stilton is offline  
Old 5th Jun 2019, 13:02
  #10 (permalink)  
 
Join Date: May 2011
Location: NEW YORK
Posts: 415
Originally Posted by stilton View Post



Have to agree, could never understand why the two large booms were not connected with a large horizontal stabilizer, like a P38


That would have made for an enormously strong airframe, the design chosen seems to put a massive amount of stress on the wing, too much I would have thought
Presumably the decision to leave the fuselages unconnected at the tail was driven by the need to accommodate the large launch vehicle fitted between them.
Unless the plan was to drop the launcher before starting the rocket engines, but that would have negated much of the reuse-ability of the concept.
etudiant is offline  
Old 5th Jun 2019, 22:34
  #11 (permalink)  
 
Join Date: Jun 2001
Location: Surrounded by aluminum, and the great outdoors
Posts: 3,689
amazing all the "arm chair" engineers here forecasting the structural failure of the aircraft...did you ring up the engineers who designed it and share your expertise??
ironbutt57 is offline  
Old 5th Jun 2019, 23:02
  #12 (permalink)  
 
Join Date: Jan 2008
Location: Herts, UK
Posts: 724
Originally Posted by ironbutt57 View Post
amazing all the "arm chair" engineers here forecasting the structural failure of the aircraft...did you ring up the engineers who designed it and share your expertise??
hehe! Was thinking much the same..
HarryMann is offline  
Old 6th Jun 2019, 01:48
  #13 (permalink)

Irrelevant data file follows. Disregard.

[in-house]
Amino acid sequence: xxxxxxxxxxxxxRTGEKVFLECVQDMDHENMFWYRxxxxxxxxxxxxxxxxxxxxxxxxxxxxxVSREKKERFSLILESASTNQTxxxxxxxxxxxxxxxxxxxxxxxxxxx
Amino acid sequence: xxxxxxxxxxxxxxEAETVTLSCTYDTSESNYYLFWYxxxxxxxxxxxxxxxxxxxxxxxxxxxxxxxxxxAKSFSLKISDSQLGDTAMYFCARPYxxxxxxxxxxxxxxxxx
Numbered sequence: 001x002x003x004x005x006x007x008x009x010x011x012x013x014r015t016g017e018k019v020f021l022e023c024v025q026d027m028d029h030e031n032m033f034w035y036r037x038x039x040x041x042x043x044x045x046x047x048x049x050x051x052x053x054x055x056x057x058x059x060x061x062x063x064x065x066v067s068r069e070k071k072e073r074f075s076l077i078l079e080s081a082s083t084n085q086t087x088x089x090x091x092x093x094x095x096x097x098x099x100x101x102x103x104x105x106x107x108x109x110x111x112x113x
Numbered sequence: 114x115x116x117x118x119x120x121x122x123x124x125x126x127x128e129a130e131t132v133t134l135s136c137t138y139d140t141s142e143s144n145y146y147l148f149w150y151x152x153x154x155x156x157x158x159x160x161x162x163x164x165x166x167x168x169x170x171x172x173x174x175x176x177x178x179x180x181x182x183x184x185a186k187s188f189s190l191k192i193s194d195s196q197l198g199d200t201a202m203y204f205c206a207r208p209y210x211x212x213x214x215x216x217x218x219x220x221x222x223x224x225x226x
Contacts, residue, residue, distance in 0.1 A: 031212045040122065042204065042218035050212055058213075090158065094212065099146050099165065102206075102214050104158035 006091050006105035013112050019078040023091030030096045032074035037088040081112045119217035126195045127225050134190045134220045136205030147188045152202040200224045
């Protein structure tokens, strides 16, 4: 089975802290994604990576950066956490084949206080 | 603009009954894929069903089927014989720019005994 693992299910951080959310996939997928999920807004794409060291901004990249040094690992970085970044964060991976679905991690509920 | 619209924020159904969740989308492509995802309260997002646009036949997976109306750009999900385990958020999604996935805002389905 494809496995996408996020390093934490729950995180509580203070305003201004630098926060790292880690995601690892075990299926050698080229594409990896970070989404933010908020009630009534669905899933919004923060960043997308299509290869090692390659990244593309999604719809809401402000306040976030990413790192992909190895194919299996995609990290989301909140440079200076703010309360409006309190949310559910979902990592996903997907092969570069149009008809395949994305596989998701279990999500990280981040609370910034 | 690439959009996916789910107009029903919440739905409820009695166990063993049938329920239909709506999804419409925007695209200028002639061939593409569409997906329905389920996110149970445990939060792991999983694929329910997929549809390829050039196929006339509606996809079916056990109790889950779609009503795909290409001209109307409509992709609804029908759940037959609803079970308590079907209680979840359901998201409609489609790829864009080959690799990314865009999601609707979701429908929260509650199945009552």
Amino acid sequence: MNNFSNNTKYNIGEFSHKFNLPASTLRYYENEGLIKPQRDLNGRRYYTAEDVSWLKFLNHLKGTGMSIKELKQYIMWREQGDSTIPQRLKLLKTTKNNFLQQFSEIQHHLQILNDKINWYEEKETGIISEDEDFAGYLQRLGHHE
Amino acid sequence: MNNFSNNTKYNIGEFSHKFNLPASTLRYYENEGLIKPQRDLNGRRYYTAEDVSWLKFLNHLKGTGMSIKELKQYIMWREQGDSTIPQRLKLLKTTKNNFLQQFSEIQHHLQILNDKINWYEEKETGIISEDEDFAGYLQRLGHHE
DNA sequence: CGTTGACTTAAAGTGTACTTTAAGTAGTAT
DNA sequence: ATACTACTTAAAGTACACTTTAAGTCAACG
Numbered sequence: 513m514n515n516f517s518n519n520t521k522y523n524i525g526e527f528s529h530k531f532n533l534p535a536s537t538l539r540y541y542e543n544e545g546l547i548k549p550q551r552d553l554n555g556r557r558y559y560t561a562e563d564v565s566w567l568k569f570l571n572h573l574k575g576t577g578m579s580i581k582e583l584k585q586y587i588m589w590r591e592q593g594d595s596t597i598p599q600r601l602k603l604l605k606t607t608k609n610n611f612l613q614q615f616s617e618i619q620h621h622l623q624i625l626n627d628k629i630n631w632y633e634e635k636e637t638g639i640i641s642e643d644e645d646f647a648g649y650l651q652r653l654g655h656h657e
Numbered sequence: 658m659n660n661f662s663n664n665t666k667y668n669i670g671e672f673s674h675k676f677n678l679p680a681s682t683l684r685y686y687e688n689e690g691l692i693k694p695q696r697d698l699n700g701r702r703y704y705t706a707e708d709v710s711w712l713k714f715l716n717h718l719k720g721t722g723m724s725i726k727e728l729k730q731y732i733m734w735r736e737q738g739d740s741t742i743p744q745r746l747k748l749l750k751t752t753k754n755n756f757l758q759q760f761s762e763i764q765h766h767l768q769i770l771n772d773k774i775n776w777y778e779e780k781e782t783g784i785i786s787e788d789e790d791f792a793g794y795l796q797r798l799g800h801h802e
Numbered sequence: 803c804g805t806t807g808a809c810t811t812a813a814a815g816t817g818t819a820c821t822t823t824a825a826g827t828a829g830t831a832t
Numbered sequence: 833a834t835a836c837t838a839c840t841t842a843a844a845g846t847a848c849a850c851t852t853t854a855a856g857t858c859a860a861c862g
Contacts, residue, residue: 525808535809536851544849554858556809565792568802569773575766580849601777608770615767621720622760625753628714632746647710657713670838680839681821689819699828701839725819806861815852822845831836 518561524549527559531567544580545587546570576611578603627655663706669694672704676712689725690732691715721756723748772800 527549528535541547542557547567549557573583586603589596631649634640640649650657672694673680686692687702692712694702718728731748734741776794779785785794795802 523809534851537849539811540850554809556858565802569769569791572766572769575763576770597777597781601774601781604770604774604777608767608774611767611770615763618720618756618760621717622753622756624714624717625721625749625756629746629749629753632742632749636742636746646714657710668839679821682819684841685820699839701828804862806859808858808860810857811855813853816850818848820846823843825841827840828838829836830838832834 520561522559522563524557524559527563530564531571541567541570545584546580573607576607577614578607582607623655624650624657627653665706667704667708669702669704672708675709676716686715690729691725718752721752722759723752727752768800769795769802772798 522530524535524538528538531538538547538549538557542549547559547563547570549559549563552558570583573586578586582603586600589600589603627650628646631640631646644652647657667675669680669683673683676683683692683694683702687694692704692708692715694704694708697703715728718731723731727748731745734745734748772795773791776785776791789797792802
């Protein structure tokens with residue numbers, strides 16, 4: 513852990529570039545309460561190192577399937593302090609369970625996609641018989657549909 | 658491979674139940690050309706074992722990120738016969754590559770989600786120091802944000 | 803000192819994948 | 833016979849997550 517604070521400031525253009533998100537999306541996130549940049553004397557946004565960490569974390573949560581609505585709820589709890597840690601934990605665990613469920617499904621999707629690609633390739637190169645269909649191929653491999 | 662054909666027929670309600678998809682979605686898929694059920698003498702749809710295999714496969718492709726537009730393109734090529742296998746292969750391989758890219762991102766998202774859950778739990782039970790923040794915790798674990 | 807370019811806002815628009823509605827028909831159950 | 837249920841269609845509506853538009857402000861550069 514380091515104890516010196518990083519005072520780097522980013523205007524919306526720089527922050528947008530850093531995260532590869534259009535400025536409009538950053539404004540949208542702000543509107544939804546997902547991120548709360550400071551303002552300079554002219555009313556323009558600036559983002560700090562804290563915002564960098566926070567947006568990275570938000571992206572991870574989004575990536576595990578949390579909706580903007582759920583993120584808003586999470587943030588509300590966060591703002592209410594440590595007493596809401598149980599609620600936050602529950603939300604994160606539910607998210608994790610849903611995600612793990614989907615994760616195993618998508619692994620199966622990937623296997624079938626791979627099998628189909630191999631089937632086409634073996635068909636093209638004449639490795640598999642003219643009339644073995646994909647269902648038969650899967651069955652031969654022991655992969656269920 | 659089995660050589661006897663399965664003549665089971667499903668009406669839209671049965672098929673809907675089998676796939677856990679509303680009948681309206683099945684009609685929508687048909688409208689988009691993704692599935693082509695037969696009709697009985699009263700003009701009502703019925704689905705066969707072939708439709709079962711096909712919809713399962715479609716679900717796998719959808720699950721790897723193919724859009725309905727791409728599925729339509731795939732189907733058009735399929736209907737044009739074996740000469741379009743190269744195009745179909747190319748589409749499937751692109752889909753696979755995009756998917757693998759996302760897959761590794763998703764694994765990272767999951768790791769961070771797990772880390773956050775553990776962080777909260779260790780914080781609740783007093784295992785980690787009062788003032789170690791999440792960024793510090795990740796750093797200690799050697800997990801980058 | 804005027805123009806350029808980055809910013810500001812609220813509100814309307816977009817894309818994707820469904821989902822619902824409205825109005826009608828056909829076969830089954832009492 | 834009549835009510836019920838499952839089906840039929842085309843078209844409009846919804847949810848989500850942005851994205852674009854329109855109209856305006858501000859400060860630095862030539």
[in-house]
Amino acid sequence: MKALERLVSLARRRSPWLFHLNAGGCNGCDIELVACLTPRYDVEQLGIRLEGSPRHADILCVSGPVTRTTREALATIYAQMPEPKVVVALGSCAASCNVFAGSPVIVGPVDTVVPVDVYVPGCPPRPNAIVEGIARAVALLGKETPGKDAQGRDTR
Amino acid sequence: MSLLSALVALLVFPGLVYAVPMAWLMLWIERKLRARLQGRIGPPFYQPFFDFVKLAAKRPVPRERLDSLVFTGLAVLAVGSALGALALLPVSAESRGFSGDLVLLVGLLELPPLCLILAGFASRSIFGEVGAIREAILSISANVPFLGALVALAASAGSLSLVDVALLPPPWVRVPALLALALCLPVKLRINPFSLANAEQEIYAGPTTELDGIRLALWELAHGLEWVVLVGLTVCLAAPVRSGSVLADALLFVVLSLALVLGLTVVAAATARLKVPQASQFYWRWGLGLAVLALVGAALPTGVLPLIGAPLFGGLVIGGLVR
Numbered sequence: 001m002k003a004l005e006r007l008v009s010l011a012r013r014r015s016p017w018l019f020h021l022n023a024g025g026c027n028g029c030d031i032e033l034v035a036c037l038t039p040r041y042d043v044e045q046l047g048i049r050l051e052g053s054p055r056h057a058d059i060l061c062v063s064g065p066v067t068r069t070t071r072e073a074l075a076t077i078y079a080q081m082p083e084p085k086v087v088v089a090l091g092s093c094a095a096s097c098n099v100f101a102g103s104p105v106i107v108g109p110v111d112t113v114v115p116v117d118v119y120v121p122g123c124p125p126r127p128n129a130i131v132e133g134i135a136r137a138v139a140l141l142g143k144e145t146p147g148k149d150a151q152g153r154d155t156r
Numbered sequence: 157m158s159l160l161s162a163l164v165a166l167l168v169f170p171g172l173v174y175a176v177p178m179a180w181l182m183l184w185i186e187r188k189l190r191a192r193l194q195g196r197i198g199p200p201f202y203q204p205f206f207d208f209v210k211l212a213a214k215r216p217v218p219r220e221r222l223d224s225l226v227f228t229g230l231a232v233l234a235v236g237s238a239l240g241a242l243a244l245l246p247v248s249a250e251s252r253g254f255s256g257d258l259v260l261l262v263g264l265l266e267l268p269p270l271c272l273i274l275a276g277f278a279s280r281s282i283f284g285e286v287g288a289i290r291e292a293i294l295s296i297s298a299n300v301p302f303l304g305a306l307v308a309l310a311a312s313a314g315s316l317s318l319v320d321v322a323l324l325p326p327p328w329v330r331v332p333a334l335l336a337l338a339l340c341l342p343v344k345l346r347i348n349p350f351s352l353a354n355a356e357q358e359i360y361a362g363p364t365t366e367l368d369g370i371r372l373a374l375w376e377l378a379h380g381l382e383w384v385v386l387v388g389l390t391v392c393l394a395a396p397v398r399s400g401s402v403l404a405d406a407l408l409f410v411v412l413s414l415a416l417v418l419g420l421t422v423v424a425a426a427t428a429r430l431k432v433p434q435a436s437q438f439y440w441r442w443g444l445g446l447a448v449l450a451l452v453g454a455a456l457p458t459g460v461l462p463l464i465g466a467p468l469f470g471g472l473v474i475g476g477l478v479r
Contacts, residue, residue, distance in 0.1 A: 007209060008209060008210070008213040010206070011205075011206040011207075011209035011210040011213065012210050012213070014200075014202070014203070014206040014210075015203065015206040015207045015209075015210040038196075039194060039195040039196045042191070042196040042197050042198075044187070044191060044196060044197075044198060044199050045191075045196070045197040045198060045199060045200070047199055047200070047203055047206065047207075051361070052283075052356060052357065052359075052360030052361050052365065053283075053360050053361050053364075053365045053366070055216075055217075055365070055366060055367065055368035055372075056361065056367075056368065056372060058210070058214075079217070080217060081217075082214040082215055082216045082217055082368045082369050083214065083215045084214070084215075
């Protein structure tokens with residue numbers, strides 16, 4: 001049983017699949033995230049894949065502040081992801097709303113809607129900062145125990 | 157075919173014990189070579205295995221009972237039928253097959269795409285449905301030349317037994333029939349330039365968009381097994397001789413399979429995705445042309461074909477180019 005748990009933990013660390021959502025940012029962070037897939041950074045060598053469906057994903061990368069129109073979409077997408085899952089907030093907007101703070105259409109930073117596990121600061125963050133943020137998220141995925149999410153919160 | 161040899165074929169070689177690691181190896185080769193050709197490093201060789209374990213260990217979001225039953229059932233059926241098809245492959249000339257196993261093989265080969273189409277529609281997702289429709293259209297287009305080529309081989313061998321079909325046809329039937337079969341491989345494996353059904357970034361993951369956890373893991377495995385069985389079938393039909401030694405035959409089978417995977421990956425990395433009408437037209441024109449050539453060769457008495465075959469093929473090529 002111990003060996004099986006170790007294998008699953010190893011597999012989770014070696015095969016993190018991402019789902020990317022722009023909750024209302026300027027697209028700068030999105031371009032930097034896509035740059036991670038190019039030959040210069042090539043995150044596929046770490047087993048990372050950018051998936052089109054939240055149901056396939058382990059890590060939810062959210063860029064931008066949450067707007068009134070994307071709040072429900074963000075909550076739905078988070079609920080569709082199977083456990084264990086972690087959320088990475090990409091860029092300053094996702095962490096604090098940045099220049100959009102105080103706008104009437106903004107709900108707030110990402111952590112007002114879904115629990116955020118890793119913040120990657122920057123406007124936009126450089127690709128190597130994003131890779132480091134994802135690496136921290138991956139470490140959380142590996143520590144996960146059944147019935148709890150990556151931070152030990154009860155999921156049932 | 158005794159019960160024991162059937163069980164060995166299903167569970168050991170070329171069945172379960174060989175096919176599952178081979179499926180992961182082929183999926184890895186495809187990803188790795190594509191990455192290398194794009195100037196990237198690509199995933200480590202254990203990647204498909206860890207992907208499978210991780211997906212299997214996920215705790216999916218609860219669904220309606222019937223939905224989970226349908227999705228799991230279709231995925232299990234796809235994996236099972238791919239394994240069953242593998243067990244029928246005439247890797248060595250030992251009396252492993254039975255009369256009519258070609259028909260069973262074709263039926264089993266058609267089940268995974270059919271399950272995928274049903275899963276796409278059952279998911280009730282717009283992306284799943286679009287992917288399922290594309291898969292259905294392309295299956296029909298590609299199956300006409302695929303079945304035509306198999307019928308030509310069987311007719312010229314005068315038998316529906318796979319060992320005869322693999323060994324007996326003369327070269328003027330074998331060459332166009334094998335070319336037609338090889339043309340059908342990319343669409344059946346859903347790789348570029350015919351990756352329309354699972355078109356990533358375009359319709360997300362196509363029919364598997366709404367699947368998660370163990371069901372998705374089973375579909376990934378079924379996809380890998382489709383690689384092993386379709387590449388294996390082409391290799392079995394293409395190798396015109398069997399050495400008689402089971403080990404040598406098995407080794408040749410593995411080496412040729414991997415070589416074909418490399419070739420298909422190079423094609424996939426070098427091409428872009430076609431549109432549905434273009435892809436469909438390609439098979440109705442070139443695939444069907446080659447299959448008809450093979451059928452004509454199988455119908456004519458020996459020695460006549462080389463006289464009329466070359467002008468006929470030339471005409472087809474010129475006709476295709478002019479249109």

fdr
 
Join Date: Jun 2001
Posts: 576
Future

Hope that the program continues ahead. The plane is impressive up close.

For an operator, the fact that there is not much in current orders is not a reflection of the potential for the system.

Total fuel saving to get to the launch conditions for a vertical launch is around 30-60% of the total fuel to LEO, so a 250T total launch weight is equivalent to about a 10T payload and a 500T launch vehicle, about 2/3rds the size of an Ariane 5. The fuel is not a high cost, but the structure to carry it is expended in most cases and is a cost. The effect is to remove at least 1/2 of the costs of the first stage. DeltaV saving for the design is modest but that is a log law function so gains are considerable. The greatest improvement would be in the potential for reusable stages of the vehicle, and the increase in safety, lifting 750T from zero at sea level is a much bigger deal than launching 250T at 40,000'.



The size of the final staged payload is not constrained that much, the geometry permits a Delta or Ariane style large diameter payload to sit in front of the centre section. Cost is the main driver, but there is a safety case to be made as well.

Would be a shame to see it not work for its living. It's not too far removed from Branson's program, and the SSC, would look good in Virgin or NASA colours.
fdr is offline  
Old 6th Jun 2019, 04:55
  #14 (permalink)  
 
Join Date: May 2010